Effect of Conductive Substrate Material on Li2S Electrodepositionkinetics in Li-S Batteries

Thursday, October 15, 2015: 14:30
102-C (Phoenix Convention Center)
F. Fan, M. Pan (Massachusetts Institute of Technology), and Y. M. Chiang (Massachusetts Institute of Technology)
Lithium-sulfur batteries are of interest because of their high theoretical energy density and the very low cost and high abundance of sulfur. As most of the theoretical capacity (~1670 mAh/g) of a lithium sulfur battery results from the electrodeposition of either Li2S (~1250 mAh/g) or sulfur (~210 mAh/g), it is critical to understand the kinetics of the nucleation and growth processes by which these insoluble species are formed. Moreover, the precipitation of these species is thought to have a negative impact on the cycle life of Li-S batteries due to the electronic isolation of some of the material.1
We have previously demonstrated, through electrodeposition from polysulfide solutions, that Li2S forms via a 2-dimensional island nucleation and growth process, where reduction occurs at the interface of the electrolyte and conducting substrate due to the high electronic resistivity of Li2S.2 Furthermore, we quantified the nucleation and growth rates of the precipitate on graphite fiber surfaces (to represent the conductive carbon additive used in the majority of Li-S batteries), and found them to be highly dependent on electrolyte solvent. However, even in the best case, electrodeposition is slow on carbon surfaces due to the relatively low affinity of Li2S with nonpolar carbon. Alternative surfaces, such as conducting metal oxides and polymer-modified carbon, have been proposed to lower the energy of the sulfide-substrate interface and thereby improve the electrodeposition kinetics.3–5
Here, we will discuss the effects of alternative surfaces, such as metal oxides, on the kinetics and morphology of Li2S precipitation in lithium-sulfur batteries. We will show that metal oxide surfaces such as Ti4O7 reduce the overpotential required (Figure 1) for nucleation by reducing the interface energy between nuclei and the substrate. We will also show that the enhancement in electrodeposition kinetics arises from this reduced barrier, rather than any increase in exchange current density for the reduction of polysulfides in solution.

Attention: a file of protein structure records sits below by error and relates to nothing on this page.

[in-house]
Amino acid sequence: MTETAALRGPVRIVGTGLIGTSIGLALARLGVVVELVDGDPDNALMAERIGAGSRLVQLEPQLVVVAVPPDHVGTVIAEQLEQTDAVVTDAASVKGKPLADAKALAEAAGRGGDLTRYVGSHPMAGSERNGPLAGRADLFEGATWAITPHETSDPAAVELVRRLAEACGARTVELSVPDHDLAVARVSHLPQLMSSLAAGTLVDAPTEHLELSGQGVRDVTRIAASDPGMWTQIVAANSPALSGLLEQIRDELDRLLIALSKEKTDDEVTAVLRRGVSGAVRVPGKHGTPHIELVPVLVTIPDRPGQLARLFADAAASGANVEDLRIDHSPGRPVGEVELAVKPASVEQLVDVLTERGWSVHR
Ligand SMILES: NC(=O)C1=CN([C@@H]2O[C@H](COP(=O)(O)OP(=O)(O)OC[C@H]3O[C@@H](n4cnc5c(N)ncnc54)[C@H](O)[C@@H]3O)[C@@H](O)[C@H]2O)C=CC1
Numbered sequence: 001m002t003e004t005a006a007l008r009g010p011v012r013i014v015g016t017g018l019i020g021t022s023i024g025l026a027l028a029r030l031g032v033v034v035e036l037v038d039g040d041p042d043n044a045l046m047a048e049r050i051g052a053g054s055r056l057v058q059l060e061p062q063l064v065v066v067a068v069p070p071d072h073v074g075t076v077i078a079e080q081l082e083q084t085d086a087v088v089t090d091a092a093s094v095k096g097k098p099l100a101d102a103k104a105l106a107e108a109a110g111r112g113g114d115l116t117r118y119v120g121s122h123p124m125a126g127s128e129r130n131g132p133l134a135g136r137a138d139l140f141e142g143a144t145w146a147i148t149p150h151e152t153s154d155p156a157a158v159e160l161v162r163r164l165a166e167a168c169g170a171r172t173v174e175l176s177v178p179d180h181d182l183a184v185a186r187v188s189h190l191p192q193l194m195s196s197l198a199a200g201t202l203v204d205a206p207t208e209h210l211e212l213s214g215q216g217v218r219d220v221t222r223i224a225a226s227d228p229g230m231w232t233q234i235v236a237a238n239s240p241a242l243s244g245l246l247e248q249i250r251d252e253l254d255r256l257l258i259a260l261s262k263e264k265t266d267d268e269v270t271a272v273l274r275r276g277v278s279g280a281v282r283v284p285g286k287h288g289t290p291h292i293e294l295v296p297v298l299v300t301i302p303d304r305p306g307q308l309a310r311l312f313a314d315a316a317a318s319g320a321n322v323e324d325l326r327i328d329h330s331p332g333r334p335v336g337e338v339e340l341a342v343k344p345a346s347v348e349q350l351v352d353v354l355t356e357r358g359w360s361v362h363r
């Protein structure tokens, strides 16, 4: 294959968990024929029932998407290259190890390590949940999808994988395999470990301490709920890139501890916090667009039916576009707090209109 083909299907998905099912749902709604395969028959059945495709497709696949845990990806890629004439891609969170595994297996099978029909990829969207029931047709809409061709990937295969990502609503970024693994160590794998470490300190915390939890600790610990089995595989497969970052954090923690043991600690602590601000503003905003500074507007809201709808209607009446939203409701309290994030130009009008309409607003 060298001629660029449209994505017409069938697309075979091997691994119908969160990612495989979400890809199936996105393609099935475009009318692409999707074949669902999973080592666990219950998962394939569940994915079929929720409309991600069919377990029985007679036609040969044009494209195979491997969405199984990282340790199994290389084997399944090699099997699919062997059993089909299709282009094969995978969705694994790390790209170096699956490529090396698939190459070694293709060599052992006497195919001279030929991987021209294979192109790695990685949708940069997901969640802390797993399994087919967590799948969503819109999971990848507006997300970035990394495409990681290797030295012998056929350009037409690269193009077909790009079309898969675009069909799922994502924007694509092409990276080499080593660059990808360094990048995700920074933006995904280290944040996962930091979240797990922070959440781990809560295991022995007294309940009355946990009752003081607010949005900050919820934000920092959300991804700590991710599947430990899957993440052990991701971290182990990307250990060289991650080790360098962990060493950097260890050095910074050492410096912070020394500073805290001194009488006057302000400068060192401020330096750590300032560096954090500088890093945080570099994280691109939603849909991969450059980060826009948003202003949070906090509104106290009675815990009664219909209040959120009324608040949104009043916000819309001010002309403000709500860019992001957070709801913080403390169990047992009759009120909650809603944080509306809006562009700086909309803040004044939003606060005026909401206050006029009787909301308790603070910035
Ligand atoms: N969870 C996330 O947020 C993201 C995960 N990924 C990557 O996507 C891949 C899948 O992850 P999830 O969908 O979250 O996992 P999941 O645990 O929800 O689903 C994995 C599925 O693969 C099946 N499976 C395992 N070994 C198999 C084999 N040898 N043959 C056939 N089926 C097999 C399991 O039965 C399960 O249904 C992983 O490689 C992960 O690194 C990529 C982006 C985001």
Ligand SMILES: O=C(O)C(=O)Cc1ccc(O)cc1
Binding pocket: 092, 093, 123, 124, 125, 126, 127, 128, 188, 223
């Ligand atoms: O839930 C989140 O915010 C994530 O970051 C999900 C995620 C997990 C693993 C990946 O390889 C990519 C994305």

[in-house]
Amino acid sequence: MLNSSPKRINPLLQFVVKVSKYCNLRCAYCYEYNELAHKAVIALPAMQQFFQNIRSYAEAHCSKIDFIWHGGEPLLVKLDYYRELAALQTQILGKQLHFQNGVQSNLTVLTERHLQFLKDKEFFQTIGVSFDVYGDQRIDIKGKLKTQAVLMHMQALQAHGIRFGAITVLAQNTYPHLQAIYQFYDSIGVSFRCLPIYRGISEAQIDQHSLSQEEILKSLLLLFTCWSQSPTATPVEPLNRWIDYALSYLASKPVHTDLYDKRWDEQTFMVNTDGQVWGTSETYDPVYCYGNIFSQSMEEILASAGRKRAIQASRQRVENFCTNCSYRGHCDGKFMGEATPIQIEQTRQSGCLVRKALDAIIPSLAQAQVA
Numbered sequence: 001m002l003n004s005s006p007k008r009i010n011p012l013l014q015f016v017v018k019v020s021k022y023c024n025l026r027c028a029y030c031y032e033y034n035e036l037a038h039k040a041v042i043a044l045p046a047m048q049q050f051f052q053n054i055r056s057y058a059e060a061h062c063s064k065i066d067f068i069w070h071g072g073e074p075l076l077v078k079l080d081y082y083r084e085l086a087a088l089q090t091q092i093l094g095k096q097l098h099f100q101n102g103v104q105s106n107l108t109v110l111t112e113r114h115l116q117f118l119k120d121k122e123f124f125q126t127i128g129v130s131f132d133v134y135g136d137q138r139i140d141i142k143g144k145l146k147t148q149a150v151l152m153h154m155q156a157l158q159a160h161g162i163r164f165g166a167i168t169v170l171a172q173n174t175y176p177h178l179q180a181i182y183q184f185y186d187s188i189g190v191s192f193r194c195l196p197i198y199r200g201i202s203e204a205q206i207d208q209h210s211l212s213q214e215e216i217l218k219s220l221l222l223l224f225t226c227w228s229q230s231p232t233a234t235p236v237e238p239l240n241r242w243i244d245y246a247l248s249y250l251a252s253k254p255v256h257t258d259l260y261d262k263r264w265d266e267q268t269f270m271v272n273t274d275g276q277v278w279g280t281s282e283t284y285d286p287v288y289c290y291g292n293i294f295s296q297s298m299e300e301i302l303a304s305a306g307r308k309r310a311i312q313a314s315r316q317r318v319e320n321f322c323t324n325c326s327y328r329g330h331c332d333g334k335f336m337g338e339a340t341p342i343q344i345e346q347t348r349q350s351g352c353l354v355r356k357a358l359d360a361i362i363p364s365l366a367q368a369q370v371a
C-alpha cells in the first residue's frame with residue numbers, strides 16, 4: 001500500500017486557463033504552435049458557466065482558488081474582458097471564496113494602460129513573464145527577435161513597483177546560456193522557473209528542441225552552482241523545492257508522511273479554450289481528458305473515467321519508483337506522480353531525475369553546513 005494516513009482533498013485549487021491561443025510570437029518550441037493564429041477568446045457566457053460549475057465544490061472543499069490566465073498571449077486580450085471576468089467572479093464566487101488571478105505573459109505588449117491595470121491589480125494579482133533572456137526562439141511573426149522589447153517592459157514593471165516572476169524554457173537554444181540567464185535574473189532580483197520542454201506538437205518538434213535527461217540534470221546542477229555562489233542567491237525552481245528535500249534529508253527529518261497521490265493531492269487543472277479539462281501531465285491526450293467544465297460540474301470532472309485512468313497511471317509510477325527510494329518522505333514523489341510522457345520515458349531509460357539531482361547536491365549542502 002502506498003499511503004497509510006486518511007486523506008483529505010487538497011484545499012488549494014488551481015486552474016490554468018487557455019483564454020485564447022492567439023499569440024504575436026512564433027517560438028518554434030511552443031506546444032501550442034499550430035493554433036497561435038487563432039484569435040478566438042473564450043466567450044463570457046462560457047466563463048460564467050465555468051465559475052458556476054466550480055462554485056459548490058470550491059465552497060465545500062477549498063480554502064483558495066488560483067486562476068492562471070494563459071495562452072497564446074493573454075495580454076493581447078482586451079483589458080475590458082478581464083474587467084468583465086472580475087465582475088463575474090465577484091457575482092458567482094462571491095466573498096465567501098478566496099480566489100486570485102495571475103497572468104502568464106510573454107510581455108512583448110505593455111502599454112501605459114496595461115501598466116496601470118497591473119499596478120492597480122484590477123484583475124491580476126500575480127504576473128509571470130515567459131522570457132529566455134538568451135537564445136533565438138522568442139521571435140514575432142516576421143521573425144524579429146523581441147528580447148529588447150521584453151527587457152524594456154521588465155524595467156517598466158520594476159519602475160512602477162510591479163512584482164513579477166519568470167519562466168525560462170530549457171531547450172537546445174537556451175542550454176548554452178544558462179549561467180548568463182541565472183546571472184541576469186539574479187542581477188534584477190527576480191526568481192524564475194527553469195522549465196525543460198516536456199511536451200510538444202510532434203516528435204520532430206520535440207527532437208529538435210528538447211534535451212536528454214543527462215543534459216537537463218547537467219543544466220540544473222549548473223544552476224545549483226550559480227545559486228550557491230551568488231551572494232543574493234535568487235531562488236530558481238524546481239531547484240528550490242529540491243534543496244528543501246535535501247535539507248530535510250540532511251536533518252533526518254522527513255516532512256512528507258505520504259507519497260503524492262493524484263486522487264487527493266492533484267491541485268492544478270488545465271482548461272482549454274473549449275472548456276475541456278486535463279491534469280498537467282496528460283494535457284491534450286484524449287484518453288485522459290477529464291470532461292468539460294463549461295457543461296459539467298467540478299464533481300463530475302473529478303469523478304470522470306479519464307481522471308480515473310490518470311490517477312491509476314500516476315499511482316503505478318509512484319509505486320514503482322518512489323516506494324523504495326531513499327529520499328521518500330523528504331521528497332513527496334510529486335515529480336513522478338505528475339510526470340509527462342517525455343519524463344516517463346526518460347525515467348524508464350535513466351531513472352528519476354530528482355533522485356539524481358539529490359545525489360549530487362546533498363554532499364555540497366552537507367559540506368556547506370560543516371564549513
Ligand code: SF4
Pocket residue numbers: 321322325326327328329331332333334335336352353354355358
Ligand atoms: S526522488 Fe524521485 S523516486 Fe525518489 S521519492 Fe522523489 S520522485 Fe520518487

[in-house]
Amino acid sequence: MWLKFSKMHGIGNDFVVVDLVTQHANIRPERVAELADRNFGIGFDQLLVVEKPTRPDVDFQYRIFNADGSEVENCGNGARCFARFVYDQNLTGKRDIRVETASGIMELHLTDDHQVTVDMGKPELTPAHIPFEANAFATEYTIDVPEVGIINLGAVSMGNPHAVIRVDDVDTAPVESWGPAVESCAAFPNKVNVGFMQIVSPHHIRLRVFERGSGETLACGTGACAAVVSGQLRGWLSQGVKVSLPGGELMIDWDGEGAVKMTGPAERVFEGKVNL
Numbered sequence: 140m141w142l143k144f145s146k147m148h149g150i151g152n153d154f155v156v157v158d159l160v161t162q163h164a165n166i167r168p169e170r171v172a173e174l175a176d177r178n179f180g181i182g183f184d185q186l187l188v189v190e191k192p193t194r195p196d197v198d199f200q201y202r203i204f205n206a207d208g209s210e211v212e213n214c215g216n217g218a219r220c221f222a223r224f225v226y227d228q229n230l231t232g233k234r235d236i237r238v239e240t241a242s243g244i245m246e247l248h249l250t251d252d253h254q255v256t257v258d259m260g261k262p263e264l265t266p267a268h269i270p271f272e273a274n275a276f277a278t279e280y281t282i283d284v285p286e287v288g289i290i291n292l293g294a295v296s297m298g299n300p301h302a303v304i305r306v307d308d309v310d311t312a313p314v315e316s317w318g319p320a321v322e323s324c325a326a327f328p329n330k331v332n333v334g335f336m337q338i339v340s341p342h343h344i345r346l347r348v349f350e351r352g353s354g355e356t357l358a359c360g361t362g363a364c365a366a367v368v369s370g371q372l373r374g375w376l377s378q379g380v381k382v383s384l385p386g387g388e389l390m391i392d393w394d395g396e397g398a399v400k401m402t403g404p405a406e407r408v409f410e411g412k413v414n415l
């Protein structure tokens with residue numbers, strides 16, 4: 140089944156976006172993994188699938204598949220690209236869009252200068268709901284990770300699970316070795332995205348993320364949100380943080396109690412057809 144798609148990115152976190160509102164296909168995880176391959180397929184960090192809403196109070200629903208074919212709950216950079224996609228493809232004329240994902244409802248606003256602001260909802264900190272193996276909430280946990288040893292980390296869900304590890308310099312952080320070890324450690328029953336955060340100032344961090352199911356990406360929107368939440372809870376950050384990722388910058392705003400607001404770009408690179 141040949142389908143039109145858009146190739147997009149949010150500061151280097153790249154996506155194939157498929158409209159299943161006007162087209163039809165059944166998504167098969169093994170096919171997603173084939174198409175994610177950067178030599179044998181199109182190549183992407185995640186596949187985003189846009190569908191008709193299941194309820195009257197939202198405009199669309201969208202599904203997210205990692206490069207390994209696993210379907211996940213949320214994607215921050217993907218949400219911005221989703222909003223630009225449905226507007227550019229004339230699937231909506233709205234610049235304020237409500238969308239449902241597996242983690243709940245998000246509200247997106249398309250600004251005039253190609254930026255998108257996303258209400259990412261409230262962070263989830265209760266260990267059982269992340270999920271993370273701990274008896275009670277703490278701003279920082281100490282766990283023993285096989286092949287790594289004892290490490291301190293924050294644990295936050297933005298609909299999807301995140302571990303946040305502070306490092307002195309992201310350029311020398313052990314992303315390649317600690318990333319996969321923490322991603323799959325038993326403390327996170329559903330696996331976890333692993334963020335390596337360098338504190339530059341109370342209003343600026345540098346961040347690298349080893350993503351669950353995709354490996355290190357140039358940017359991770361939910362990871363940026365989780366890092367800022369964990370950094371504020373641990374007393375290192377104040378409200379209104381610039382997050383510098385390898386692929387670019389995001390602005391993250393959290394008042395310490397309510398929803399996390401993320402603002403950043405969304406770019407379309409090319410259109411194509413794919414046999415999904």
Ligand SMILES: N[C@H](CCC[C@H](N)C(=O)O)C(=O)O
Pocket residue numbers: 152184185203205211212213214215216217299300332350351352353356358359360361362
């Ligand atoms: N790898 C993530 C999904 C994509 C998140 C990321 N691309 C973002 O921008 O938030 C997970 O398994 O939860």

This work was supported as part of the Joint Center for Energy Storage Research, an Energy Innovation Hub funded by the U.S. Department of Energy, Office of Science, Basic Energy Sciences.
(1) Elazari, R.; Salitra, G.; Talyosef, Y.; Grinblat, J.; Scordilis-Kelley, C.; Xiao, A.; Affinito, J.; Aurbach, D. J. Electrochem. Soc. 2010, 157 (10), A1131.
(2) Fan, F. Y.; Carter, W. C.; Chiang, Y.-M. Submitted 2015.
(3) Pang, Q.; Kundu, D.; Cuisinier, M.; Nazar, L. F. Nat. Commun. 2014, 5 (May), 4759.
(4) Yao, H.; Zheng, G.; Hsu, P.-C.; Kong, D.; Cha, J. J.; Li, W.; Seh, Z. W.; McDowell, M. T.; Yan, K.; Liang, Z.; Narasimhan, V. K.; Cui, Y. Nat. Commun. 2014, 5 (May), 3943.
(5) Zheng, G.; Zhang, Q.; Cha, J. J.; Yang, Y.; Li, W.; Seh, Z. W.; Cui, Y. Nano Lett. 2013, 13 (3), 1265–1270.

Figure Caption:
Figure 1. Potentiostatic intermittent titration technique (PITT) curves for the reduction of polysulfide solution (2.5 mol S/L as Li2S8 in triglyme) on carbon felt/Ti4O7 nanoparticle composite. The first current peak results from precipitation on the oxide surface, while the second results from precipitation on the carbon surface, which occurs at a ~100mV lower potential.